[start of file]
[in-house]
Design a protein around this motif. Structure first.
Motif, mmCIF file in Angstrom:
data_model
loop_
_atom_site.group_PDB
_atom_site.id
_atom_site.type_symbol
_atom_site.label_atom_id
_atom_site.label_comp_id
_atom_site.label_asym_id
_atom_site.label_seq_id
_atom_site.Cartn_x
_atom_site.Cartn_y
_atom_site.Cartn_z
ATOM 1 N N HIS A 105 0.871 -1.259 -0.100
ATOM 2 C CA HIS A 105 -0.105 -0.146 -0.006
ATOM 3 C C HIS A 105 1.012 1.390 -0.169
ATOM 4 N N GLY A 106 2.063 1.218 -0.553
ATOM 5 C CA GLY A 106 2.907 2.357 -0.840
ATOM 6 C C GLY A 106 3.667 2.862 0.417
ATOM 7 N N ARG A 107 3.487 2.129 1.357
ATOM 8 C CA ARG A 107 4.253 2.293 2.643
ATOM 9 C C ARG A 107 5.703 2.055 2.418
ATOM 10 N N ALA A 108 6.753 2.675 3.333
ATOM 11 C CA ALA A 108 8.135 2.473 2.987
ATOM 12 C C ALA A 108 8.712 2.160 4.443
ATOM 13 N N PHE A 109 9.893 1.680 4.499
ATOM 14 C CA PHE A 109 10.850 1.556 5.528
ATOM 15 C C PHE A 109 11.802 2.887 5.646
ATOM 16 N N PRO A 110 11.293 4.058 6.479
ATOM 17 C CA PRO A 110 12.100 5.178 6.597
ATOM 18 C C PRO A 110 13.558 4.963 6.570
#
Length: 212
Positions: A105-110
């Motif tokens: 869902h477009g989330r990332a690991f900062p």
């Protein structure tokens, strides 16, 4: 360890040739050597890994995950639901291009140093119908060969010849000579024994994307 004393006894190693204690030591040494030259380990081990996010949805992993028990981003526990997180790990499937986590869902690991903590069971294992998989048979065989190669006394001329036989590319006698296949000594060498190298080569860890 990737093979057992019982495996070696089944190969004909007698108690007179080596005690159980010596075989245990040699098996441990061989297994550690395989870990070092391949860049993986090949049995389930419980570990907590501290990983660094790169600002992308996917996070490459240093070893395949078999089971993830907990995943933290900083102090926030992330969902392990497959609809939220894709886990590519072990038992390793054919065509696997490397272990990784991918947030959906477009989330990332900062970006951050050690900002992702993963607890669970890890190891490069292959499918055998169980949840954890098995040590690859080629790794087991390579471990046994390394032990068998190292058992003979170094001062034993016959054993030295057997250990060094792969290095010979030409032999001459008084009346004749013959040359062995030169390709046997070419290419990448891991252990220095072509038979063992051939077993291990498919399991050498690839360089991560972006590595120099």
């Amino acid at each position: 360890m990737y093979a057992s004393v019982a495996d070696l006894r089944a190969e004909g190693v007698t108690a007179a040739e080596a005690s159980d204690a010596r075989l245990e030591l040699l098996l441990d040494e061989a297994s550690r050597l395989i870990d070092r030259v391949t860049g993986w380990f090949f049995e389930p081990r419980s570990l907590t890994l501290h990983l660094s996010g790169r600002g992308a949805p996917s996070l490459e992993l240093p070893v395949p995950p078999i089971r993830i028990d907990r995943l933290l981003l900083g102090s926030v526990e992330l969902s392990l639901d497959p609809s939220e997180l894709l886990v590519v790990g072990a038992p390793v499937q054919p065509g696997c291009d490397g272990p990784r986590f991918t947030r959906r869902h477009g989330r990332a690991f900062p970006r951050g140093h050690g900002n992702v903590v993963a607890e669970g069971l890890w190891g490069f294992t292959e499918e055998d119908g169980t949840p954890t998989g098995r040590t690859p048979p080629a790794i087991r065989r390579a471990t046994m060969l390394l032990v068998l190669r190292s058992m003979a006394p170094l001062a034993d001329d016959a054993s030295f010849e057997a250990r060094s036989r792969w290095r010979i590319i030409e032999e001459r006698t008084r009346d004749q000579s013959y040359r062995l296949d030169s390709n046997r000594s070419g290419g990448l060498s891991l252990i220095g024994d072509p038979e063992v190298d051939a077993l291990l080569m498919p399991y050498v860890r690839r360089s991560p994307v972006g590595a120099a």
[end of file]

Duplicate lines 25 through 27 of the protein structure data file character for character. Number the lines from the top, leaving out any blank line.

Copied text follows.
ATOM 10 N N ALA A 108 6.753 2.675 3.333
ATOM 11 C CA ALA A 108 8.135 2.473 2.987
ATOM 12 C C ALA A 108 8.712 2.160 4.443